In This Doge-Crazy Market, It’s Important To Remember That Not All Cryptos Are Created Equal
Cryptocurrency, it seems, is having a cultural moment. While those of us who have been on the crypto wagon for years know how rapidly bears can transform into bulls (and vice versa), it seems like the general populace rediscovers volatility every new cycle.
The news of the weekend has, of course, been dominated by the wild volatility of Dogecoin, the one-time (and possibly still) joke crypto based on a popular meme. On Sunday afternoon, the price spiked to $0.087, urged on by supportive tweets from the likes of Elon Musk, Snoop Dogg, and Gene Simmons of KISS.
A quick scan of the popular r/dogecoin channel on Reddit revealed people who were maxing out credit cards, investing life savings, and bragging about having “diamond hands,” a euphemism for holding their positions indefinitely. While a few investors expressed what could be reasonably described as conservatively optimistic views, most were focused on what kind of Ferrari they would buy when Dogecoin hit $1,000.
I don’t think that the Dogecoin mania will end well for anyone other than the earliest investors. Make no mistake; not all cryptos are created equal. If you want to take advantage of the crypto rally of the moment, you’d be better served by investing in Bitcoin. Here’s why:
Scale and adoption are the key to success
There are two monopolies that governments will defend above all else: violence and currency. The monopoly on violence has, in many respects, has been one of the greatest innovations in human history. Put simply, this refers to the understanding that only government-sanctioned institutions, like the police or military, can use violence in a given territory when appropriate. This monopoly is rarely challenged in advanced countries, and for a good reason.
The monopoly on currency, however, is now under attack. Decentralized finance empowered via the blockchain represents an existential threat to central governments and banks’ ability to control the supply of money. Historically, whenever a monetary challenger has arisen, it has been quickly stamped out by the powers that be.
The story of Bitcoin, however, has been different. Perhaps it was a matter of timing, or maybe it was the system’s fundamentally decentralized nature, but for some reason, Bitcoin took hold.
This small foothold enabled it to grow both in terms of value and adoption. While numerous other cryptocurrencies have followed the path blazed by Bitcoin, none have come close to its notoriety and adoption. Like Dogecoin, smaller currencies may go through dramatic pump and dump cycles that generate buzz, but buzz does not a currency make.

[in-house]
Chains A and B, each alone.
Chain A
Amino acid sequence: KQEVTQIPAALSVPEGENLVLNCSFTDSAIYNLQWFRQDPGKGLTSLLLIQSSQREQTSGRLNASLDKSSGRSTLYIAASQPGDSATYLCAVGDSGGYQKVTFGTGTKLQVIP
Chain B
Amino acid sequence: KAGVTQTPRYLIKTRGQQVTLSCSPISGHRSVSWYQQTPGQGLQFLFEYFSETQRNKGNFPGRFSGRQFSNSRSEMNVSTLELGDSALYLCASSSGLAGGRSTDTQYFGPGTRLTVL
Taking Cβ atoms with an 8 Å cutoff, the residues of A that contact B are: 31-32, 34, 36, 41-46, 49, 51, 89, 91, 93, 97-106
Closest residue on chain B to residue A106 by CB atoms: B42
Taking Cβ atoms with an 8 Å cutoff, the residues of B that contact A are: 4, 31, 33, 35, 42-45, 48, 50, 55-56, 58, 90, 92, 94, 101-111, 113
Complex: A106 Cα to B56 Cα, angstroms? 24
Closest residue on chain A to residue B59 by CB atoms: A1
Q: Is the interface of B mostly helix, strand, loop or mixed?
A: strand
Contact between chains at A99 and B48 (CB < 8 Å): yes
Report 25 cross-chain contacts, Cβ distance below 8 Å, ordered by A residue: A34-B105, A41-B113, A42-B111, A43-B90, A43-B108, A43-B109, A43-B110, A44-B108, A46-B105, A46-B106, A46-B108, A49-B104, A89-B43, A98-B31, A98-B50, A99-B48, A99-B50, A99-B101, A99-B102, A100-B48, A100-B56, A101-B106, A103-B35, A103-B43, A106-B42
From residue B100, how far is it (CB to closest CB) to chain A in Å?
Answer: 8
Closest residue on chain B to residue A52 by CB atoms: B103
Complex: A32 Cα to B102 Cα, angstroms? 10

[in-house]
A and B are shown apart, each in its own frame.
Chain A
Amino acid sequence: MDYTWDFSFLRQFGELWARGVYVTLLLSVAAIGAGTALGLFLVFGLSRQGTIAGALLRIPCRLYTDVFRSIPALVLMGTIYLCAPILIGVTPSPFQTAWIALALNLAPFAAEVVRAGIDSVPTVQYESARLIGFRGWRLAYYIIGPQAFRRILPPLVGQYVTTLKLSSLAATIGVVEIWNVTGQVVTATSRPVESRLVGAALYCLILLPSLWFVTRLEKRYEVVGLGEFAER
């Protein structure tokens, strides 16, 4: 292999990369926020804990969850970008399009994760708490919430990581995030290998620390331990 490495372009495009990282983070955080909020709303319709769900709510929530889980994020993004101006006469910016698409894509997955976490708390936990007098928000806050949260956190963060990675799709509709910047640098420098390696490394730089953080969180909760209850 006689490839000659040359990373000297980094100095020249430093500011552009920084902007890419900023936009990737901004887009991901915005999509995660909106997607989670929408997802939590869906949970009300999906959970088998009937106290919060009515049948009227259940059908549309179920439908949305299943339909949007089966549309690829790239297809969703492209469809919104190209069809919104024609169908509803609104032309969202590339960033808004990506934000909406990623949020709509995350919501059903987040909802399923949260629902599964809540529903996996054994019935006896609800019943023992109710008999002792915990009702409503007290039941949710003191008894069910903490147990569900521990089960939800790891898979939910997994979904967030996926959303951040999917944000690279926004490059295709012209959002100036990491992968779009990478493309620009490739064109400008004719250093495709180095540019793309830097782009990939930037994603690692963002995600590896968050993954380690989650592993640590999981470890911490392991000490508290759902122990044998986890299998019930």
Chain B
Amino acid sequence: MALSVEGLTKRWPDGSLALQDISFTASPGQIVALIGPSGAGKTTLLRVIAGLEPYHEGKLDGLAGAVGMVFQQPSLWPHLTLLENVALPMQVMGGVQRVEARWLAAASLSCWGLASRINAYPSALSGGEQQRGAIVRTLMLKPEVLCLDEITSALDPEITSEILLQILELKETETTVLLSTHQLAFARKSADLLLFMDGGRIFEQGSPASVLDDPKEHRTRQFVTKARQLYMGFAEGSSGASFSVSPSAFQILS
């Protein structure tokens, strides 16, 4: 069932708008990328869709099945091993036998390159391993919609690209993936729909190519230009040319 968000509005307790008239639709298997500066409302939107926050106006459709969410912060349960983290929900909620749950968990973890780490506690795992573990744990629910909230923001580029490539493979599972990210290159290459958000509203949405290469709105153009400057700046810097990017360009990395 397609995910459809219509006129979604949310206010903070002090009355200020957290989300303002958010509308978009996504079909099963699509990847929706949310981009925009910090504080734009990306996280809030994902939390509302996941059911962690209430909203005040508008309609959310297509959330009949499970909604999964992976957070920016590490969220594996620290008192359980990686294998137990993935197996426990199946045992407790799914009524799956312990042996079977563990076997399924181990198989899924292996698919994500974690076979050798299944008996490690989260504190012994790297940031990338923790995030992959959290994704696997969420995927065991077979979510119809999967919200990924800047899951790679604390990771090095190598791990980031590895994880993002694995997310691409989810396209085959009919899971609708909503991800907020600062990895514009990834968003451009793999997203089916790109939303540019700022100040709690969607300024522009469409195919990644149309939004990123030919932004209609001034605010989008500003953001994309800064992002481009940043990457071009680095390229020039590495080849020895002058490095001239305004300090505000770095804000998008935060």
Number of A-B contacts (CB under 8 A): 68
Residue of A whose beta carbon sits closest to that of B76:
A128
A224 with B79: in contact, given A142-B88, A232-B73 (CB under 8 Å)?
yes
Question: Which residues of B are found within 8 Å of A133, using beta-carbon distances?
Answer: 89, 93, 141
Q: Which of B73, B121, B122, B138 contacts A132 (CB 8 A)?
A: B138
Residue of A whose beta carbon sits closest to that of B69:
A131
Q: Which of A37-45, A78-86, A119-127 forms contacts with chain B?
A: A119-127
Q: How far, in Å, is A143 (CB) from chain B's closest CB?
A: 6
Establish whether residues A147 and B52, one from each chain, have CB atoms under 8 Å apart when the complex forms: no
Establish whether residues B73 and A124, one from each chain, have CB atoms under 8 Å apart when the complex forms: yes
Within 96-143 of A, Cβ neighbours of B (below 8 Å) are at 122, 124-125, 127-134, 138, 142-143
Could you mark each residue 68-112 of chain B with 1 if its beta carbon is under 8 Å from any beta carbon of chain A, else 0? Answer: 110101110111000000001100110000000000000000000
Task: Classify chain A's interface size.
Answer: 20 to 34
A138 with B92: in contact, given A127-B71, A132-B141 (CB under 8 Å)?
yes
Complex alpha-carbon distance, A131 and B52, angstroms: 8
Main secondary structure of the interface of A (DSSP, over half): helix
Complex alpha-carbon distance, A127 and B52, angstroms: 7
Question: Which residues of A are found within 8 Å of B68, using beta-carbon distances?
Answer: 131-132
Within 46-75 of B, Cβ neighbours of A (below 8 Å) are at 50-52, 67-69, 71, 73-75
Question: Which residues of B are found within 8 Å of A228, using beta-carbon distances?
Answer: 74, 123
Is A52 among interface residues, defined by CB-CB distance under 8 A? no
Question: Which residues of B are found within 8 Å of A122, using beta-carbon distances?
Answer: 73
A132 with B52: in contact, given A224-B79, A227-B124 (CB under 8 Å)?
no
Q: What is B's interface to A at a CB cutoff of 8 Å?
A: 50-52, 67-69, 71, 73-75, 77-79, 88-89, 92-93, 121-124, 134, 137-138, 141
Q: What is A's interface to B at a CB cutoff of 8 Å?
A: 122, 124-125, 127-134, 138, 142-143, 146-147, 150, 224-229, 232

Celebrity endorsements are great, but it’s the institutional money that really matters
Look, I love Snoop Dogg and Gene Simmons as much as the next guy, but their endorsements don’t mean much in the scheme of things. Dogecoin’s rise is the result of a unique intersection of hype and lack of knowledge.
I don’t mean this as a knock to smaller crypto investors at all. If anything, I’m worried for them in the near-term. In finance, the proof is in the pudding. The movement of assets speaks louder than any tweet.
Of the roughly $700 billion in Bitcoin at the moment, only about 1% of that money is from institutional sources. That’s about to change. Major institutions, like Goldman Sachs, are poised to join the likes of Anthony Scaramucci’s Skybridge Capital and, of course, Tsangs Group as holders of Bitcoin.
This signals that Bitcoin has been, and will likely continue to be, the winner of the crypto “survival of the fittest” battle we’ve been witnessing.
Crypto is the future, but be careful
I’m a firm believer that cryptocurrency represents the future of the post-nationalist world. Finally free of the intervention and manipulation of central banks, decentralized finance will likely usher in a new level playing field for everyone.
Evolution, however, isn’t always a tidy process. The growing pains can be as wild as they are gruesome. Like many other alternative cryptos, Dogecoin may very well be seen as an evolutionary aberration in the years to come. In the meantime, my advice is to stick with the established currencies and ride the Bitcoin wave into the future.
This article also appeared on Blockchain.News: Dogecoin: Not All Cryptos Are Created Equal